Techspert

The impact of COVID-19 in emerging markets: Interview with Dr Iraoyah - Nigeria

Written by Sam Mapungwana, Senior Marketing Manager, 27 May 2020

In this series of expert interviews, techspert.io speaks with frontline healthcare specialists to get unique, on-the-ground insights into how healthcare and health systems in emerging markets are affected and adapting during COVID-19.

Below is an interview with Dr Kelly Iraoyah from Nigeria recorded on 25 May 2020.

 Dr Kelly Iraoyah

Dr Kelly Iraoyah

 

Please tell us a bit about yourself and your current role?

My name is Kelly Iraoyah, a medical doctor who hails from Nigeria. I am a consultant Infectious Diseases Physician with almost a decade of experience in the management of infectious diseases, notably malaria, HIV/AIDS, tuberculosis, and viral haemorrhagic fevers such as Lassa fever and Yellow fever.

I currently work in the isolation ward of the Institute of Lassa Fever Research and Control of the Irrua Specialist Teaching Hospital, Edo state, Nigeria. I am a frontline physician in the fight against highly infectious diseases, the likes of which I mentioned above.

 

What are your responsibilities in Nigerian healthcare?

I function strategically as a frontline physician managing infectious diseases and I supervise resident doctors and medical officers who do the same. I have also been an active responder to disease outbreaks like, Lassa Fever and most recently, COVID-19.

Research is one of my passions and as an infectious diseases physician there are plenty of research opportunities open to me. There is a huge burden of infectious diseases in Nigeria and Africa as a whole, so conducting research offers me the opportunity to answer puzzling questions in my field of specialty and develop solutions for several challenging health conditions.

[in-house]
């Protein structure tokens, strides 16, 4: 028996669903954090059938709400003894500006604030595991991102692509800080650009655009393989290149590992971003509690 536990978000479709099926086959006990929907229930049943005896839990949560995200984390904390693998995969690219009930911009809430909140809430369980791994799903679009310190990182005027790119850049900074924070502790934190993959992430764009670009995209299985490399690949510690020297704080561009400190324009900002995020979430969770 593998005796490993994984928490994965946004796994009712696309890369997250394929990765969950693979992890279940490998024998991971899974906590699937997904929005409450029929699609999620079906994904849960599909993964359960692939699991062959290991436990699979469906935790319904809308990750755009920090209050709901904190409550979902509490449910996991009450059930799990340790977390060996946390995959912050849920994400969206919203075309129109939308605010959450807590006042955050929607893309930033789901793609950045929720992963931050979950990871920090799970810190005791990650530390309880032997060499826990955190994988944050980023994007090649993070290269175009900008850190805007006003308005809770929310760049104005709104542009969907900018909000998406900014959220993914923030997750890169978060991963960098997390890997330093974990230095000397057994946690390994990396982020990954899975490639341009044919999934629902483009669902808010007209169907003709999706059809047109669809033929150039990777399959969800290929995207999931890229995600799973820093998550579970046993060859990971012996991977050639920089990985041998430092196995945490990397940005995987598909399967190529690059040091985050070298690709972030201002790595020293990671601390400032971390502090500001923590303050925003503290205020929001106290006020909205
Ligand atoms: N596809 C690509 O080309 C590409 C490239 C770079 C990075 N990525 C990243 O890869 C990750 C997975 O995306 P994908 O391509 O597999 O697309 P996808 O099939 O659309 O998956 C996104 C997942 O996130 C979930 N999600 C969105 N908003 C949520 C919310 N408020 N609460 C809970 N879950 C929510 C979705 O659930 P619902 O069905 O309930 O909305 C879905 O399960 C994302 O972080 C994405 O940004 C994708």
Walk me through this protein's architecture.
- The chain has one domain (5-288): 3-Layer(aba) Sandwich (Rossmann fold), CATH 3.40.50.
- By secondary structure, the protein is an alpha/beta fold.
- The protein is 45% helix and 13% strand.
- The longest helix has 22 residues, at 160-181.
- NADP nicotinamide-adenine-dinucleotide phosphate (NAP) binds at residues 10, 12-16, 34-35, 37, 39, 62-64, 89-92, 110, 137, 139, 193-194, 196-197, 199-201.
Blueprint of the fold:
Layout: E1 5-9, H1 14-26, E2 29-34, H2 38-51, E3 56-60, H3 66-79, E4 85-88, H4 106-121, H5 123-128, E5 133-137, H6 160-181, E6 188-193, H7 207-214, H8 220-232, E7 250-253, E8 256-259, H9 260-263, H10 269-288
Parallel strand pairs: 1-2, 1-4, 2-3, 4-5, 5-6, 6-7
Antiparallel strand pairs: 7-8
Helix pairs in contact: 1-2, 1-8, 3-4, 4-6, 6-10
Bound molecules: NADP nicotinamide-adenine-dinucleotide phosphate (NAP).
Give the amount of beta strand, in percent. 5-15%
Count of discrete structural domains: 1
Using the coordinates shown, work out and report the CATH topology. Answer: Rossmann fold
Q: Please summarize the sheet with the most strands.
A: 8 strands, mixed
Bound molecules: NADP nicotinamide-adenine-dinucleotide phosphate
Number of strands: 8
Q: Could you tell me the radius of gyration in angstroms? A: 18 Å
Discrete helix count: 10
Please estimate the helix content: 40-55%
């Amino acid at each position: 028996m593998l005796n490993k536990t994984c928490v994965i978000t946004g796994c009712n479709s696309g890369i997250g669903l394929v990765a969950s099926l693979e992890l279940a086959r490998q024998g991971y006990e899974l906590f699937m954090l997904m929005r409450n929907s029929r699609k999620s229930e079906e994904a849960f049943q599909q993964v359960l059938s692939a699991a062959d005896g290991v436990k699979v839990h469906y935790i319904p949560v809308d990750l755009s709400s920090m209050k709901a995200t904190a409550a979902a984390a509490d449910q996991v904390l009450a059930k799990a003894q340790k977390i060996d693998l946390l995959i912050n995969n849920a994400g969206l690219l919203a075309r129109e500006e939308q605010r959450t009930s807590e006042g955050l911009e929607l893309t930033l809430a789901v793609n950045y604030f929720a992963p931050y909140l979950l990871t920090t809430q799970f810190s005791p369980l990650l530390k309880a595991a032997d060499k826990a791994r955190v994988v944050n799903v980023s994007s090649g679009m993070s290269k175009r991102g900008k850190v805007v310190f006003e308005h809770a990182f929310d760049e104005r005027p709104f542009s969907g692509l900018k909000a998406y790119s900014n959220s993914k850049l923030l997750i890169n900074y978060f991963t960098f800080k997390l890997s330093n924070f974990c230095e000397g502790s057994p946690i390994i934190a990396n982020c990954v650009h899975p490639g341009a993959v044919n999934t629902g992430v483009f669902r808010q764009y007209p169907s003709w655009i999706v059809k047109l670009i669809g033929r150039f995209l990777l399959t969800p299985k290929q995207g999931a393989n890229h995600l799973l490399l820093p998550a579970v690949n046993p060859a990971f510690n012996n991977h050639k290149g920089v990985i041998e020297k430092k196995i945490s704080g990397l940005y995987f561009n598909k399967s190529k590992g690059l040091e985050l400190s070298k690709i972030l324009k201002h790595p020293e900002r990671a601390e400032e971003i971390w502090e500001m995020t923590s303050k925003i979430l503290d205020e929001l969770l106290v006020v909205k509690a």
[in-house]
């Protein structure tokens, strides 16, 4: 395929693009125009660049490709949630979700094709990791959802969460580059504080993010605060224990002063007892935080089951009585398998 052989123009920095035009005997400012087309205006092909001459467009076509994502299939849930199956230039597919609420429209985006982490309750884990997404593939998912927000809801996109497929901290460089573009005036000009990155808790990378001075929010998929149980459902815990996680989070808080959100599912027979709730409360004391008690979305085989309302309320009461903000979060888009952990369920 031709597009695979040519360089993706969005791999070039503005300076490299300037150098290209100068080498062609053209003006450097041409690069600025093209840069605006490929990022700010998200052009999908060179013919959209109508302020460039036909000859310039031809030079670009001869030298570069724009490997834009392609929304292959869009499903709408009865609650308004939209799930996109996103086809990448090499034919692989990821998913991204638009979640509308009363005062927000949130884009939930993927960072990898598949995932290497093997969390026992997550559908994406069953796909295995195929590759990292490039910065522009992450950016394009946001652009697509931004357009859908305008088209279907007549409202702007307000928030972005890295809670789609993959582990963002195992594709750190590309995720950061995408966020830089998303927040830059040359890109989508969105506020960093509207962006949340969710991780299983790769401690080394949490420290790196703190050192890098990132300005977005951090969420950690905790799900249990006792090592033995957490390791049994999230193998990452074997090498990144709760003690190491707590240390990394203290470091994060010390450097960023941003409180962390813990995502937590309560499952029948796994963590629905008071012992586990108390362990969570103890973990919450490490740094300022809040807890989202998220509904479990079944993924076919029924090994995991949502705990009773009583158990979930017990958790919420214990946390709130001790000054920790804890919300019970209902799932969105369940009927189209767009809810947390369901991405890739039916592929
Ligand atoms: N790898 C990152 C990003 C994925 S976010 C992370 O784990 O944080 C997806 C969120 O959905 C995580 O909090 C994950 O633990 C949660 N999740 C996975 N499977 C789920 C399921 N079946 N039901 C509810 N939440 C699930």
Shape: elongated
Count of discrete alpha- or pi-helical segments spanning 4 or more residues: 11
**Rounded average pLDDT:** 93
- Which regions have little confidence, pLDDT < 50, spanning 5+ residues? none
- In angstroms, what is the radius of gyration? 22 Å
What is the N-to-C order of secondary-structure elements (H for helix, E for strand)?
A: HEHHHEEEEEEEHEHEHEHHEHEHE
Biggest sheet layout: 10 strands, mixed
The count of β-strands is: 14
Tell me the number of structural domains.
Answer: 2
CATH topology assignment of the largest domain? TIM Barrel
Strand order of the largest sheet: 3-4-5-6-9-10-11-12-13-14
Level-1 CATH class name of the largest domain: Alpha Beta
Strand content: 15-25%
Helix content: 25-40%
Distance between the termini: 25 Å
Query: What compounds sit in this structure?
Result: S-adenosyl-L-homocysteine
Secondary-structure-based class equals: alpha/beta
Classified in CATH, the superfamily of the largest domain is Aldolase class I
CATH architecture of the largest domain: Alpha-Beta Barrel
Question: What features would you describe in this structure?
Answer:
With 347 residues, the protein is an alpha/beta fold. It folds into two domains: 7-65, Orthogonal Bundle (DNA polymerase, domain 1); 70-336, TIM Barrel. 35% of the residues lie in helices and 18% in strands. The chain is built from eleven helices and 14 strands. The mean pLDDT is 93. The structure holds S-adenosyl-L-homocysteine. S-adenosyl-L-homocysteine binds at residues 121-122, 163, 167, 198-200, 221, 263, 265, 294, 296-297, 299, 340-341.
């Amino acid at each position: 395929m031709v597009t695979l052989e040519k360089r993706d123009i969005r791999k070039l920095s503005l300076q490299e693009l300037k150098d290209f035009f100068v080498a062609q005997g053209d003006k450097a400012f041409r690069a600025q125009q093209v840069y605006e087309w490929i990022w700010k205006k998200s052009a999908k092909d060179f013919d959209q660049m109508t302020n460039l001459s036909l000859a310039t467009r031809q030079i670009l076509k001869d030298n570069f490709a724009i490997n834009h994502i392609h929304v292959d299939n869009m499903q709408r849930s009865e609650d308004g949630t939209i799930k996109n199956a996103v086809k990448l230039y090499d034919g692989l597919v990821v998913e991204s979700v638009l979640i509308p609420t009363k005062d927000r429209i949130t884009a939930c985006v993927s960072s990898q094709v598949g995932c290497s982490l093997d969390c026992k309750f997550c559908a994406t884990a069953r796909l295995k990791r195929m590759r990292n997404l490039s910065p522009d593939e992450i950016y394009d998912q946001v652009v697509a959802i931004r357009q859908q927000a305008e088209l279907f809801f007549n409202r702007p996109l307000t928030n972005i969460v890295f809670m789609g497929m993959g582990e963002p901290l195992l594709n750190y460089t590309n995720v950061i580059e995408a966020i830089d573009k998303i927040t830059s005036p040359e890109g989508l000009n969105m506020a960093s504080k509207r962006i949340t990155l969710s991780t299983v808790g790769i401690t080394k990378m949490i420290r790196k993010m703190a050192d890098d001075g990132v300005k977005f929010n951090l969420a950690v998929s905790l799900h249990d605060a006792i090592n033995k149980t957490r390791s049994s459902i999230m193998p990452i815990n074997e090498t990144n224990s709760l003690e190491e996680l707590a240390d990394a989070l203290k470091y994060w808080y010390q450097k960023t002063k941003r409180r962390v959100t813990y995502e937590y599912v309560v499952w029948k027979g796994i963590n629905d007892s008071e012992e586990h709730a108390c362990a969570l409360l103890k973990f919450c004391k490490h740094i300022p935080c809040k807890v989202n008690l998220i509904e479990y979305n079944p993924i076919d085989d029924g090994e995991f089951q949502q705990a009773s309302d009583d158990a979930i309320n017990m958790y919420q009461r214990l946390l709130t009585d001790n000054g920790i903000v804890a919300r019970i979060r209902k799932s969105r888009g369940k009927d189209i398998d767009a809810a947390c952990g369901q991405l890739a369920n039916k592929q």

I am also working towards involvement in upcoming clinical trials which is quite novel in Nigeria.

 

How have your role and responsibilities changed since the COVID-19 pandemic began?

Since the COVID-19 pandemic I have had to modify my role as a physician. In addition to offering clinical services in the active management of the disease, I have also taken up supervisory duties as well as field activities to regions that are badly hit by the disease.

I am currently on a national deployment for COVID-19 response. As a member of the Nigerian Federal Government Task Team I am drafting management protocols and SOPs (standard operating procedures) for case management to states with a huge burden of the disease, in addition to capacity building by way of training frontline health workers (such as doctors, nurses, and pharmacists) to boost their confidence in tackling the outbreak.

 A security person distributes hand sanitiser to visitors at a state hospital in Lagos.

A security person distributes hand sanitiser to visitors at a state hospital in Lagos. Image source: Pius Utomi EKPEI/AFP via Human Rights Watch.

 

How is COVID-19 currently tested for and treated in Nigeria?

Currently, the disease is tested for using reverse transcription polymerase chain reaction (RT-PCR), a nuclear-derived method for detecting the presence of specific genetic material from any pathogen, to detect viral RNA using appropriate primers in various certified laboratories across the country approved by the Nigerian Centre for Disease Control (NCDC).

COVID-19 is currently treated with supportive care using medications like antibiotics, antiviral agents, antimalarials and vitamins and zinc supplements.

 

How has the national healthcare system evolved during the pandemic?

The country’s healthcare system was largely unprepared for the pandemic. The healthcare system had been in a poor state over the years, no thanks to poor funding and lack of facilities in hospitals. However, the pandemic has re-awakened the urgent need to fix the healthcare system to meet the health needs of the teeming population. To deal with the current crisis, things are hurriedly being put in place by various tiers of government to combat the pandemic.

In a nutshell, the pandemic has been "a blessing in disguise" as it has compelled governments to revamp the healthcare system in the country.

 

How has quarantine been implemented in your region? How does outbreak investigation and surveillance work?